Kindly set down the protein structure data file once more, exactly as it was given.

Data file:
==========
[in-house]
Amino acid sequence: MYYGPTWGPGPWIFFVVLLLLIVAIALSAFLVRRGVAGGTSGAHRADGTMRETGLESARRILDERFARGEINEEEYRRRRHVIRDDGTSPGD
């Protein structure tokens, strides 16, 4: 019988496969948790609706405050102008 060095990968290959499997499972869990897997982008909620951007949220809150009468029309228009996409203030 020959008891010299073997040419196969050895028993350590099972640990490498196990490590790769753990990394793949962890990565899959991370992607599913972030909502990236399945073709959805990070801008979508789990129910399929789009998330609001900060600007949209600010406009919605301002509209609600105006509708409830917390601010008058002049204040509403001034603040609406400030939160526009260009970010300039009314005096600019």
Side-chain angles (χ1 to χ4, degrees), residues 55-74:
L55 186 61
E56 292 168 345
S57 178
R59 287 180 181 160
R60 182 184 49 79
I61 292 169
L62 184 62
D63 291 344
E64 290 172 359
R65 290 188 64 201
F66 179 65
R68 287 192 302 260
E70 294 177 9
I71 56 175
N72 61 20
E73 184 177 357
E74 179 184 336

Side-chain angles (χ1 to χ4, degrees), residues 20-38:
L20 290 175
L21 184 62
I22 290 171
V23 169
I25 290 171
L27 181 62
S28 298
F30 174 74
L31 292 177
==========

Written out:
[in-house]
Amino acid sequence: MYYGPTWGPGPWIFFVVLLLLIVAIALSAFLVRRGVAGGTSGAHRADGTMRETGLESARRILDERFARGEINEEEYRRRRHVIRDDGTSPGD
């Protein structure tokens, strides 16, 4: 019988496969948790609706405050102008 060095990968290959499997499972869990897997982008909620951007949220809150009468029309228009996409203030 020959008891010299073997040419196969050895028993350590099972640990490498196990490590790769753990990394793949962890990565899959991370992607599913972030909502990236399945073709959805990070801008979508789990129910399929789009998330609001900060600007949209600010406009919605301002509209609600105006509708409830917390601010008058002049204040509403001034603040609406400030939160526009260009970010300039009314005096600019």
Side-chain angles (χ1 to χ4, degrees), residues 55-74:
L55 186 61
E56 292 168 345
S57 178
R59 287 180 181 160
R60 182 184 49 79
I61 292 169
L62 184 62
D63 291 344
E64 290 172 359
R65 290 188 64 201
F66 179 65
R68 287 192 302 260
E70 294 177 9
I71 56 175
N72 61 20
E73 184 177 357
E74 179 184 336

Side-chain angles (χ1 to χ4, degrees), residues 20-38:
L20 290 175
L21 184 62
I22 290 171
V23 169
I25 290 171
L27 181 62
S28 298
F30 174 74
L31 292 177